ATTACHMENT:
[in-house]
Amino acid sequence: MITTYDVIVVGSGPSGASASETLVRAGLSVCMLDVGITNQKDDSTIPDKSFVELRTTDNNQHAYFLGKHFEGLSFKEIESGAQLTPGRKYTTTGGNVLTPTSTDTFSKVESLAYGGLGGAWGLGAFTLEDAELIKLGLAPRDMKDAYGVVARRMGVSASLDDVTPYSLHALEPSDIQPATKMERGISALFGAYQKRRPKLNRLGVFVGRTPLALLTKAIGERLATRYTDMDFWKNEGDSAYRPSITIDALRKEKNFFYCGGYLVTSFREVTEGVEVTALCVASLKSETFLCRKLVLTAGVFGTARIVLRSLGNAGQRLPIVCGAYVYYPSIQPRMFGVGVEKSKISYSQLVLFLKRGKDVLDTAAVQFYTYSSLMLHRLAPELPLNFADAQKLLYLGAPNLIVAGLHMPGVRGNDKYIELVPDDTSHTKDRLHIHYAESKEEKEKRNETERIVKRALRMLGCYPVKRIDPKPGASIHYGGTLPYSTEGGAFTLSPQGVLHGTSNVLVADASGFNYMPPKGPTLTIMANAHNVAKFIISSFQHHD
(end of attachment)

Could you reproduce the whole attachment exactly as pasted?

[in-house]
Amino acid sequence: MITTYDVIVVGSGPSGASASETLVRAGLSVCMLDVGITNQKDDSTIPDKSFVELRTTDNNQHAYFLGKHFEGLSFKEIESGAQLTPGRKYTTTGGNVLTPTSTDTFSKVESLAYGGLGGAWGLGAFTLEDAELIKLGLAPRDMKDAYGVVARRMGVSASLDDVTPYSLHALEPSDIQPATKMERGISALFGAYQKRRPKLNRLGVFVGRTPLALLTKAIGERLATRYTDMDFWKNEGDSAYRPSITIDALRKEKNFFYCGGYLVTSFREVTEGVEVTALCVASLKSETFLCRKLVLTAGVFGTARIVLRSLGNAGQRLPIVCGAYVYYPSIQPRMFGVGVEKSKISYSQLVLFLKRGKDVLDTAAVQFYTYSSLMLHRLAPELPLNFADAQKLLYLGAPNLIVAGLHMPGVRGNDKYIELVPDDTSHTKDRLHIHYAESKEEKEKRNETERIVKRALRMLGCYPVKRIDPKPGASIHYGGTLPYSTEGGAFTLSPQGVLHGTSNVLVADASGFNYMPPKGPTLTIMANAHNVAKFIISSFQHHD